Cultivate Wonder

Exploring Science with Children

Let the Pumpkins Roll!

I began with one of my favorite pumpkin books, Wendell Minor’s Pumpkin Heads. The kids were especially giggly tonight, laughing throughout this one.pumpkin-heads
Action Rhyme: I’m a Little Pumpkin

I’m a little pumpkin
Short and stout
Packed full of seeds that you can scrape out.
When you’re all finished, then I’ll be
The cutest jack o’lantern you ever did see.

Next I read Ken Robbins Pumpkins, a nonfiction picture book illustrated with photographs showing the growth of a pumpkin from seed to sprout to vine to flower to fruit.


Counting Rhyme: Five Little Pumpkins

Five little pumpkins by the barn door
An owl took one,
And then there were four.
Four little pumpkins, as you can plainly see,
One became pumpkin pie,
And then there were three.
Three little pumpkins feeling very blue,
One rolled far away
And then there were two.
Two little pumpkins alone in the sun,
One said, “so long”
And then there was one.
One little pumpkin left all alone,
A little boy chose him
And then there were none.

Pumpkin Song
(tune: Clementine)

I saw a pumpkin, a big fat pumpkin
It was growing on vine,
______ came along and picked one
Took it home and said “It’s Mine!”

For this song, have each child come and pick a pumpkin off the “vine” (green yarn strung like a clothesline).


Song with Shakers: Pumpkin Patch Polka

Additional Books:

Esbaum, Jill. Seed, Sprout, Pumpkin, Pie.
Hall, Zoe. It’s Pumpkin Time.
Levenson, George. Pumpkin Circle. (a great video as well!)
McNamara, Margaret. How many seeds in a pumpkin?

Activities included:

Sink and float (Do pumpkins float?)


What does a pumpkin look like inside? I provided spoons and a dish to scoop out insides to get a closer look.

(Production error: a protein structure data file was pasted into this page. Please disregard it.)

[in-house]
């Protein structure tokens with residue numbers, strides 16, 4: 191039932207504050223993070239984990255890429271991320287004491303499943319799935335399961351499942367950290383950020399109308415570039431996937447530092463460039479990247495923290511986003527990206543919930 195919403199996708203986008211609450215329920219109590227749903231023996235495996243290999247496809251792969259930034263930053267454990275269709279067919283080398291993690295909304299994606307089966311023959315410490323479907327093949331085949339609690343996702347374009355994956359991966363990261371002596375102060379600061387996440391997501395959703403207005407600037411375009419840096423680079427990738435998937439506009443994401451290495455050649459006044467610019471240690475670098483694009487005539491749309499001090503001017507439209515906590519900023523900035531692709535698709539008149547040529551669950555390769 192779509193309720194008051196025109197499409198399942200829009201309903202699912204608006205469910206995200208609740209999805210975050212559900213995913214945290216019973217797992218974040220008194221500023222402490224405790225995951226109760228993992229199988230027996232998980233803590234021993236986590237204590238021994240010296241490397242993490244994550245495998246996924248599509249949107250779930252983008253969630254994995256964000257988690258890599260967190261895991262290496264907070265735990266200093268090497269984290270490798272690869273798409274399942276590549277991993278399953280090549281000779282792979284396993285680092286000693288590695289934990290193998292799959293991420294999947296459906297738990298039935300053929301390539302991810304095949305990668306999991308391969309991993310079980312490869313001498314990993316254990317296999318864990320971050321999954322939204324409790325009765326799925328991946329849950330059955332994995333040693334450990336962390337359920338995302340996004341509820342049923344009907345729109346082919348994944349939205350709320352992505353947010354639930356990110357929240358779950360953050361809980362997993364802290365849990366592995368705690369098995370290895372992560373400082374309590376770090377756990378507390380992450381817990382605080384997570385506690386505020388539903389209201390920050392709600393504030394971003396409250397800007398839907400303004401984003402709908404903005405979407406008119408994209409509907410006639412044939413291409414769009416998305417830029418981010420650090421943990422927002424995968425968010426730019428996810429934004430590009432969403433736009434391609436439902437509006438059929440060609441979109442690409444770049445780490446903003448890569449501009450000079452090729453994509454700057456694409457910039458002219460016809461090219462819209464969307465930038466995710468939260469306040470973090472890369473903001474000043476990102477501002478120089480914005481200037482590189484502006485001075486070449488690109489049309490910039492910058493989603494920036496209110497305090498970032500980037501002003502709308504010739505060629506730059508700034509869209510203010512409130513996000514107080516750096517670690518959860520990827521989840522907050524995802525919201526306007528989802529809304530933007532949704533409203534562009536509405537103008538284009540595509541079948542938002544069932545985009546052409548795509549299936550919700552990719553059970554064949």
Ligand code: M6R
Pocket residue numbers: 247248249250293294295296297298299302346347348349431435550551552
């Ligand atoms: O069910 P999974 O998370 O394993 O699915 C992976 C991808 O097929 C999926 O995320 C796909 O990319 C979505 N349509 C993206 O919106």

Pumpkin & gourd weighing and balancing


How fast do pumpkins roll?
Children tried out new ramps and chutes with small pumpkins.They extended the chutes in ways I didn’t expect and even tried to make the pumpkins roll up . . . and were pretty successful!


These materials were funded by a recent Target Community Grant and I anticipate they will get much use!

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Trees in the Library!

Have you noticed the new trees in the library?


A recent STEM Storytime celebrated trees.

We read A Tree is Nice by Janice May Udry — beginning by discussing the physical book itself, asking children, “What do you notice about this book? What shape is it?”treeisnice


Then I showed the children different kinds of seeds (an acorn, a walnut) and we talked about trees providing food and shelter (for who? squirrels, birds, people). We talked about how even our book came from trees! I had enough maple seeds to give them each one,  which they threw in the air and watched spin like a helicopter. I also had several different pine cones to show them and introduced the word “conifer.”

Next we watched and listened to the They Might Be Giants song, “C is for Conifers” from Here Come the ABCs.

Then we read Are Trees Alive? by Debbie S. Miller.

This accessible informational picture book compares each tree part to body parts: “roots anchor a tree, like your feet help you stand.”  So the trunk is compared to legs; branches to arms; bark to skin, veins in your hand to veins in a leaf;  sap to blood, and more!

Next we learned “the tree version” of  Head, Shoulders, Knees, and Toes:

Leaves, branches, trunk, and roots, trunk and roots.

(waving fingers for leaves, arms for branches, touch tummy for trunk and touch toes for roots)

Leaves, branches, trunk, and roots, trunk and roots.

Trees are important to you and to me…                     

Leaves, branches, trunk, and roots, trunk and roots!

We ended by dancing to Laurie Berkner’s “Under a Shady Tree” with shakers.

The scientific skill we emphasized in this program was Observation and vocabulary for today included “conifer” and the parts of a tree: bark, trunk, roots, crown, sap.

At the end we went outside to do bark rubbings from real trees!

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